Spring Preview 09: Young pitchers from India hope to impress in camp

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This much both sides have agreed on: The Pirates signing two pitchers from India in November was about talent, not publicity.

Now, what Rinku Singh and Dinesh Patel -- and probably more important, Pirates brass -- do with that talent in the next few months remains to be seen.

Training Camp

Pirates pitchers and catchers report to Bradenton, Fla., Friday to begin the journey that is the 2009 season. Before that happens, check out the Post-Gazette's spring training preview in Friday morning's editions. It will include a camp roster, spring schedule and story lines fans will want to follow during the countdown to opening day.

"This is not a joke," Singh said. "We are going to work hard."

Of the move, which spawned from Patel and Singh emerging from more than 30,000 entrants in a "Million Dollar Arm" contest in India in March, Pirates director of player development Kyle Stark said, "It falls in line with the decisions we have been making. We are not focused on making decisions to appease people, but to make this organization a consistent winner. Whether it is our trades, or the free agents we pursued, we have proven that the decisions we've made are to make the Pittsburgh Pirates a winning organization. Making this decision, we have that same goal in mind."

On Thursday, Singh, a 20-year-old left-hander, and Patel, a 19-year-old righty, got their first look at Pirate City in Bradenton, Fla., spending the morning touring the facility. The pair has been in the United States -- mainly in California working with University of Southern California pitching coach Tom House -- since May 5.

But Thursday provided their initial look into where they hope to impress Pirates officials when they take part in minor league camp this spring.

"It was very good, the Pirate City was very good," said Patel, who says his fastball has topped out at 93 mph in recent workouts in California. "The grounds were beautiful."

Beautiful, yes, but Pirate City for Patel and Singh will be a place to work as hard as they can to get noticed, in a baseball sense, even if it will be impossible for people to not notice them by virtue of being the first Indian-born players signed by a Major League club.

Don't expect the pair to rocket through the organization. More than likely they will participate in extended spring training once camp breaks and, perhaps, participate with the Gulf Coast League Pirates of the Rookie League.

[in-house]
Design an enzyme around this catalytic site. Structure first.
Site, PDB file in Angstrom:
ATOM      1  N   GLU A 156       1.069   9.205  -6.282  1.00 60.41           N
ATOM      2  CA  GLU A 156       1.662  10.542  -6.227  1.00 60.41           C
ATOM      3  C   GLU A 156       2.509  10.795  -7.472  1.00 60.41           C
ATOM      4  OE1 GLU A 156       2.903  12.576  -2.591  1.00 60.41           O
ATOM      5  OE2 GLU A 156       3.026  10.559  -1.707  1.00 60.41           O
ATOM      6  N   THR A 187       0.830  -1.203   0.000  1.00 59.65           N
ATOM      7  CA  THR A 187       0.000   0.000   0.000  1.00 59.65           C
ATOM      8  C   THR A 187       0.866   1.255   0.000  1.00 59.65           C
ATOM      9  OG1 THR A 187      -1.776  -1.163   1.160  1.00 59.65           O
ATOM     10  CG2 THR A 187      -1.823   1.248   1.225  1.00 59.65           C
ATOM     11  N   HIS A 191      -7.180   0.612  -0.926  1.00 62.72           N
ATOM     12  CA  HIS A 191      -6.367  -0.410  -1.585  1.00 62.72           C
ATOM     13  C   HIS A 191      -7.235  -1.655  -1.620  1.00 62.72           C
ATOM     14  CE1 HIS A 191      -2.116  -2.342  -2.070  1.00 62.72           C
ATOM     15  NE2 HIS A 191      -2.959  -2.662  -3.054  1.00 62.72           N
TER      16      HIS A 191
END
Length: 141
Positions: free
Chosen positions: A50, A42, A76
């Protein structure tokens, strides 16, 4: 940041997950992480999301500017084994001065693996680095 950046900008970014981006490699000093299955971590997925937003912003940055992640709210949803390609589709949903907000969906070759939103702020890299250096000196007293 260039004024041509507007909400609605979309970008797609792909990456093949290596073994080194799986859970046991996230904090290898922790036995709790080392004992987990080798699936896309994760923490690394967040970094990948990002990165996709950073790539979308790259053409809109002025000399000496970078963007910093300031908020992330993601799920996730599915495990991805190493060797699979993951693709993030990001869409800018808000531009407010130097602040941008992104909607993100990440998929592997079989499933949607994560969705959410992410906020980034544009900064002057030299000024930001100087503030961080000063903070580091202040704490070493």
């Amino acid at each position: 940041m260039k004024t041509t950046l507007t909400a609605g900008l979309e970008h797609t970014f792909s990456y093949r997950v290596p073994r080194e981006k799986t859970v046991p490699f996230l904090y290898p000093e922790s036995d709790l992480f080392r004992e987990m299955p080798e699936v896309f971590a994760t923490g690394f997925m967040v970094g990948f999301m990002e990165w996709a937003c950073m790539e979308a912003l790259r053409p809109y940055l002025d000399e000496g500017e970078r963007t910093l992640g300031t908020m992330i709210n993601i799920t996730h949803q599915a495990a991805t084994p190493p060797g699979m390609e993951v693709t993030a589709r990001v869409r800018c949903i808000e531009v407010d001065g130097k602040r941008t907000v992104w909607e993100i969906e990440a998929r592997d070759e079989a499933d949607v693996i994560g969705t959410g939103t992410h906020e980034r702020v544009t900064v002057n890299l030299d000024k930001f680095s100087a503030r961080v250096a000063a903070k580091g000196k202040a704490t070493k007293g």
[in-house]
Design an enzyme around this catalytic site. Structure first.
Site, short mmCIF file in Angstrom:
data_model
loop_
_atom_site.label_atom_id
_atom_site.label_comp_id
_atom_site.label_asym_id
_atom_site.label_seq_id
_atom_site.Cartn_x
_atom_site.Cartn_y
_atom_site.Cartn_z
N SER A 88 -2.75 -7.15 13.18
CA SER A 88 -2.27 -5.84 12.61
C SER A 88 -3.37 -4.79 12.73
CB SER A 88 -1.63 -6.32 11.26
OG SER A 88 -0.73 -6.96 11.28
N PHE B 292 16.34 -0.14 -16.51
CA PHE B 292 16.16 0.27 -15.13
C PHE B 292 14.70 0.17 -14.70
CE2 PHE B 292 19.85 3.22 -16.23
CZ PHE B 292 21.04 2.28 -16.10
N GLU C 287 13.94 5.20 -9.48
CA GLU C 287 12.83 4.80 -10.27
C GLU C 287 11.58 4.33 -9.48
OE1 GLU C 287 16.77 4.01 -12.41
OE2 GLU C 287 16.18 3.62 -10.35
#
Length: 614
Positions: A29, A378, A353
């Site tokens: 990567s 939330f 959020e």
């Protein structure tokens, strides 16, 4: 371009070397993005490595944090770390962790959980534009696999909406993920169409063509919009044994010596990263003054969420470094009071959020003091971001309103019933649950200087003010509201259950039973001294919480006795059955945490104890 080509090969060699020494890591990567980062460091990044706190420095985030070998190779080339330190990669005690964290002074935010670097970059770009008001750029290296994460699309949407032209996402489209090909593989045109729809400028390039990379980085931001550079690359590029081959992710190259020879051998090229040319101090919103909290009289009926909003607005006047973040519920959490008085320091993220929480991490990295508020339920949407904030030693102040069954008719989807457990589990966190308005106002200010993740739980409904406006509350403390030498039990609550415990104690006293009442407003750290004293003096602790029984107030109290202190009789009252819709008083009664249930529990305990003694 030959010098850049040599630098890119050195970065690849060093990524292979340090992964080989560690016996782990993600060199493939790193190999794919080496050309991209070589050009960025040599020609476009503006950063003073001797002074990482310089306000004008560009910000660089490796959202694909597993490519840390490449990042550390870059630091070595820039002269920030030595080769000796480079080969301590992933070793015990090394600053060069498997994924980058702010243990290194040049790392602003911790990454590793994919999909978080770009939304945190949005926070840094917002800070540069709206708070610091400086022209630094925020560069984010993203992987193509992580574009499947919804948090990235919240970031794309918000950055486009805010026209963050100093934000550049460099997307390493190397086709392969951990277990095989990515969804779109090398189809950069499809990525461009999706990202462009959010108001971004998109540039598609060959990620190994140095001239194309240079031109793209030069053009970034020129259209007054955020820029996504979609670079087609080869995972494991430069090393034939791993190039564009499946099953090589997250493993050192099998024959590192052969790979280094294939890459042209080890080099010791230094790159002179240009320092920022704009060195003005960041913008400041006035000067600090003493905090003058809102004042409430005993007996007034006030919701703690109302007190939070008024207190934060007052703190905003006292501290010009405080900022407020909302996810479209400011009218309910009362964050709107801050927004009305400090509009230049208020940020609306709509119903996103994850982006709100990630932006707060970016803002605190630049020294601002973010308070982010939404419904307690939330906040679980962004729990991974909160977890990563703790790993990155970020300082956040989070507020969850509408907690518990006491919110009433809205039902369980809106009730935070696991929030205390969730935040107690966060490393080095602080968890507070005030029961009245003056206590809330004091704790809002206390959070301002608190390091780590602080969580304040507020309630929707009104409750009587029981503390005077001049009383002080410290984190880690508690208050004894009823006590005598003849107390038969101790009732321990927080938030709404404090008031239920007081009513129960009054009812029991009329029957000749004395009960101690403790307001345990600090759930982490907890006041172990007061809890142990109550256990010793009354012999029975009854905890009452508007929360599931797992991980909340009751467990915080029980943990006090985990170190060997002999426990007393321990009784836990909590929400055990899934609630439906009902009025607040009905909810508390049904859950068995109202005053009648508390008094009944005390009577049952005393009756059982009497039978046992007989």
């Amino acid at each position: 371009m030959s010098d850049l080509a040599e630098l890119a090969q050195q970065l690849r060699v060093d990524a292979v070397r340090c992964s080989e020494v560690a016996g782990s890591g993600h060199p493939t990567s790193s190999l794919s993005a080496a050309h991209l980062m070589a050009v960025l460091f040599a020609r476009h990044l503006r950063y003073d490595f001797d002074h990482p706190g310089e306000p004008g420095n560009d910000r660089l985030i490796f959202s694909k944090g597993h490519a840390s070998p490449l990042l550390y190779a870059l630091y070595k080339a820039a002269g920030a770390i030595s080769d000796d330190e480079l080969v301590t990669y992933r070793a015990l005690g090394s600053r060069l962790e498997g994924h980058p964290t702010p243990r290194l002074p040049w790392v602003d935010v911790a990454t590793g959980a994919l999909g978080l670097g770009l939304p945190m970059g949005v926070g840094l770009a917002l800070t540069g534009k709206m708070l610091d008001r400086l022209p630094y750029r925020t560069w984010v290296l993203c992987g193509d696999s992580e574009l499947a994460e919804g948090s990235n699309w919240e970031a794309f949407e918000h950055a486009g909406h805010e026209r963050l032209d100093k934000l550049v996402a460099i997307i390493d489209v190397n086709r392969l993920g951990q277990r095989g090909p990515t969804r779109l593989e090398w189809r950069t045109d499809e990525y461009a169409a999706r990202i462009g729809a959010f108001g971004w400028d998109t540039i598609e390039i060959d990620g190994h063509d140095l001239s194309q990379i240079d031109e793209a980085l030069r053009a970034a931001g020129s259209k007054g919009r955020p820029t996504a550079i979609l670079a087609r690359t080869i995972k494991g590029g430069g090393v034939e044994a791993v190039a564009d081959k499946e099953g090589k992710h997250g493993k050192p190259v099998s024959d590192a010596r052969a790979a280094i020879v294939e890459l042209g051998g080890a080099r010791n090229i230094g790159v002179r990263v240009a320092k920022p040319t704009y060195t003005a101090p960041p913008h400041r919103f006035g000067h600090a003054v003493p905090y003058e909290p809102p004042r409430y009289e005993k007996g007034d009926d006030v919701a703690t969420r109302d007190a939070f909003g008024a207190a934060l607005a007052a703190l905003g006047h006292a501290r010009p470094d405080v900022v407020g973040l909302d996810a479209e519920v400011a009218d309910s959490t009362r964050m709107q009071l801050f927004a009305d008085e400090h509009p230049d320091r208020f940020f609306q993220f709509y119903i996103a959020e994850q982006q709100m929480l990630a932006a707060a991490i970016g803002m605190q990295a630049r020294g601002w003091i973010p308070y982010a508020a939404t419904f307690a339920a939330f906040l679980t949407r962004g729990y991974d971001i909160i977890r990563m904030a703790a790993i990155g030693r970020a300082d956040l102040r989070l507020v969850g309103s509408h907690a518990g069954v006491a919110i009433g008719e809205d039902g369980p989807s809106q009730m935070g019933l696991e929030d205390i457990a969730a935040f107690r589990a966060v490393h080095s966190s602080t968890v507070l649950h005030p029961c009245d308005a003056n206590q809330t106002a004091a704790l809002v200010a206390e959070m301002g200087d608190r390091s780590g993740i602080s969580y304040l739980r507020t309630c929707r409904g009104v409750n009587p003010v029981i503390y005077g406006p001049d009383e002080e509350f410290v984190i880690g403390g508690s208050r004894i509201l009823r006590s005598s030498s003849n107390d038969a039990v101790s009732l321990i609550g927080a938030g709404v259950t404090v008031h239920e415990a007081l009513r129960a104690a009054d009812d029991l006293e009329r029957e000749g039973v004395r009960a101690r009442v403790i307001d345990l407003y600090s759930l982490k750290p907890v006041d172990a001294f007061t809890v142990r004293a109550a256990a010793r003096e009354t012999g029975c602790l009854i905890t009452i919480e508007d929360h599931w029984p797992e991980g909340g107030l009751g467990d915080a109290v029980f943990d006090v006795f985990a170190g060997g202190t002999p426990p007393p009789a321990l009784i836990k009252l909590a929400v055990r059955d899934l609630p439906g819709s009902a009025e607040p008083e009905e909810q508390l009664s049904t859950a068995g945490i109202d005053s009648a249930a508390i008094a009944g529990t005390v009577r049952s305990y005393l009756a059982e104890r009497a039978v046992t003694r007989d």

"It is the same as if we signed two guys out of the Dominican [Republic] or Venezuela," Stark said. "It is going to be a long process, just as it would be for any young pitchers."

There is a little something more to it, though, because of the media attention Singh and Patel have received. Anyone would be hard pressed to find a pair of baseball players -- who have never played in a game in their lives -- who have had features done about them on ESPN's "Outside the Lines", in ESPN the Magazine, on CNN, in The Wall Street Journal, Newsday, The Australian newspaper and on SBS Sport in Australia.

There has been a request by the Associated Press to do something for the television arm of its operation, and ABC News is in the process of lining something up next week.

That said, there won't be a throng of media following Singh and Patel around, documenting every windup, delivery or step off as is commonplace when Japanese players make their way to America. The reason is simple: The two Indian players have a long way to go, and their interaction with major leaguers will be limited.

"We have received some requests," Pirates' media relations director Jim Trdinich said. "But, a lot of people think they are in [the] Major League camp and that is not the case. We've kind of told people that the best time to do something on these guys would be the first week of March, when everyone has a better feel for everything."

Patel and Singh are also going to spend the immediate future trying to get a better feel for everything.

"Right now, we are learning about everything," said Singh, who says his fastball been clocked at 90 mph. "We are playing the game and learning about everything. It will take more practice and more learning about baseball."

And then, just maybe ...

"I want to reach my goal of pitching for the Pittsburgh Pirates," Patel said. "For these next years, it will be single-A or double-A and we will be learning.

"But we have developed already in just a short time and we didn't know anything about baseball. I think we can both do it, I think we can both, some day, pitch for the Pittsburgh Pirates."

Colin Dunlap can be reached at cdunlap@post-gazette or 412-263-1459.


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